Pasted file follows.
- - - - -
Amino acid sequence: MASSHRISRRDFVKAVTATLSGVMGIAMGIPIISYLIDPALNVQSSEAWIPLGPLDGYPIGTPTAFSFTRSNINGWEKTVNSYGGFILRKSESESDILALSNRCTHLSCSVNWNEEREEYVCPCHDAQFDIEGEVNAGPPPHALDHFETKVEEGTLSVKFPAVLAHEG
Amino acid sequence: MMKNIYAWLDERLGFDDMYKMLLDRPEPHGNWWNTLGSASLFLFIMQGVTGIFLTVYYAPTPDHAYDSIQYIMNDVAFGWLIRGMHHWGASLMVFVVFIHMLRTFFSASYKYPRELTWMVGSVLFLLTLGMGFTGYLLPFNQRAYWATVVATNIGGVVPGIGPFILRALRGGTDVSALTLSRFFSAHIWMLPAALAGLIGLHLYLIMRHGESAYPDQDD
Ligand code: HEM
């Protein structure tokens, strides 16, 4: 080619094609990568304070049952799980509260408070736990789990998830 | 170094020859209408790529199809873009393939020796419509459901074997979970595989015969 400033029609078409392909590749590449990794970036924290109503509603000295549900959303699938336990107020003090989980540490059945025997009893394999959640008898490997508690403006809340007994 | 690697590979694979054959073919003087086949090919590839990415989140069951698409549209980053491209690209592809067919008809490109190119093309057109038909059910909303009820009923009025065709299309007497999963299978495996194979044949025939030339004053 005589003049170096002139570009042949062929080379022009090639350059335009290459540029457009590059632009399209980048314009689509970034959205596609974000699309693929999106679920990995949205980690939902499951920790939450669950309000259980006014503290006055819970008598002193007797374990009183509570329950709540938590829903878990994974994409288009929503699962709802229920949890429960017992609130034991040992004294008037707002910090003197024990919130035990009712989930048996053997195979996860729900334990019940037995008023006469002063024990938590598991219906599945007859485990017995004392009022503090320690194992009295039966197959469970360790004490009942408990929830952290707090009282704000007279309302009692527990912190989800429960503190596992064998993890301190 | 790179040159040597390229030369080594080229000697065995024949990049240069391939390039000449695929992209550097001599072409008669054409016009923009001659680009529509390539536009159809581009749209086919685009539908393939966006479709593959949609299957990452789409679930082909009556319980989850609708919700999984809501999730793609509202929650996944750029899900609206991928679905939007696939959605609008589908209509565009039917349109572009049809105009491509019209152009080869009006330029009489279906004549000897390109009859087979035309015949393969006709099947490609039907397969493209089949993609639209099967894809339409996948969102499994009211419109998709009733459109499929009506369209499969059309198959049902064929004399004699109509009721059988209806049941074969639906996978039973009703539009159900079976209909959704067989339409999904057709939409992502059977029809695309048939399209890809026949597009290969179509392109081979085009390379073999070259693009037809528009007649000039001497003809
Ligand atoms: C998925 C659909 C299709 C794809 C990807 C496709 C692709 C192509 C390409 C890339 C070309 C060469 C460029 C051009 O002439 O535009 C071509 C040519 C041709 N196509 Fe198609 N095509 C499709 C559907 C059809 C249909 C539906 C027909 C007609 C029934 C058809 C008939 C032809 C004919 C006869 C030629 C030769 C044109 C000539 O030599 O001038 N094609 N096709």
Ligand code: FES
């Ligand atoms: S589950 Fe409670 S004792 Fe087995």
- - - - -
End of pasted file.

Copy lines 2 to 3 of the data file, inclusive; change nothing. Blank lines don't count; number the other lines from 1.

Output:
Amino acid sequence: MMKNIYAWLDERLGFDDMYKMLLDRPEPHGNWWNTLGSASLFLFIMQGVTGIFLTVYYAPTPDHAYDSIQYIMNDVAFGWLIRGMHHWGASLMVFVVFIHMLRTFFSASYKYPRELTWMVGSVLFLLTLGMGFTGYLLPFNQRAYWATVVATNIGGVVPGIGPFILRALRGGTDVSALTLSRFFSAHIWMLPAALAGLIGLHLYLIMRHGESAYPDQDD
Ligand code: HEM